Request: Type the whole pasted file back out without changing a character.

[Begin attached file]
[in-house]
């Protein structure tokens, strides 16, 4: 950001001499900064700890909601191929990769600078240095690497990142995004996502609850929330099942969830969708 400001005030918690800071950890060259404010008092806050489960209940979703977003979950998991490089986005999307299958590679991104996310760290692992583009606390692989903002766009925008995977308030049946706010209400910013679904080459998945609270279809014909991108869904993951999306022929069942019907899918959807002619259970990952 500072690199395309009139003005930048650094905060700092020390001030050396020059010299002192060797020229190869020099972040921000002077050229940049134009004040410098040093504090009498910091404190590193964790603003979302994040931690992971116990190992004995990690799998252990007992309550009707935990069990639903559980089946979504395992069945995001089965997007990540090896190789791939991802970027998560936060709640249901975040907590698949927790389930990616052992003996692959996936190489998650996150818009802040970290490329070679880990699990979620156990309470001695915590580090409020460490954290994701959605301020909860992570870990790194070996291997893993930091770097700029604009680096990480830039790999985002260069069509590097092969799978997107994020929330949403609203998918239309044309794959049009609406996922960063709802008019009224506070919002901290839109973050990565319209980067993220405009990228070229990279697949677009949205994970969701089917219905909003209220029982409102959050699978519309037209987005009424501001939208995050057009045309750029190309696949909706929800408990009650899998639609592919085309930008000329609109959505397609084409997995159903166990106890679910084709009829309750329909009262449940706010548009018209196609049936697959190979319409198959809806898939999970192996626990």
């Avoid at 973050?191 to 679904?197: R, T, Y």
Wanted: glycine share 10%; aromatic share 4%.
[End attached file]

[in-house]
């Protein structure tokens, strides 16, 4: 950001001499900064700890909601191929990769600078240095690497990142995004996502609850929330099942969830969708 400001005030918690800071950890060259404010008092806050489960209940979703977003979950998991490089986005999307299958590679991104996310760290692992583009606390692989903002766009925008995977308030049946706010209400910013679904080459998945609270279809014909991108869904993951999306022929069942019907899918959807002619259970990952 500072690199395309009139003005930048650094905060700092020390001030050396020059010299002192060797020229190869020099972040921000002077050229940049134009004040410098040093504090009498910091404190590193964790603003979302994040931690992971116990190992004995990690799998252990007992309550009707935990069990639903559980089946979504395992069945995001089965997007990540090896190789791939991802970027998560936060709640249901975040907590698949927790389930990616052992003996692959996936190489998650996150818009802040970290490329070679880990699990979620156990309470001695915590580090409020460490954290994701959605301020909860992570870990790194070996291997893993930091770097700029604009680096990480830039790999985002260069069509590097092969799978997107994020929330949403609203998918239309044309794959049009609406996922960063709802008019009224506070919002901290839109973050990565319209980067993220405009990228070229990279697949677009949205994970969701089917219905909003209220029982409102959050699978519309037209987005009424501001939208995050057009045309750029190309696949909706929800408990009650899998639609592919085309930008000329609109959505397609084409997995159903166990106890679910084709009829309750329909009262449940706010548009018209196609049936697959190979319409198959809806898939999970192996626990």
């Avoid at 973050?191 to 679904?197: R, T, Y």
Wanted: glycine share 10%; aromatic share 4%.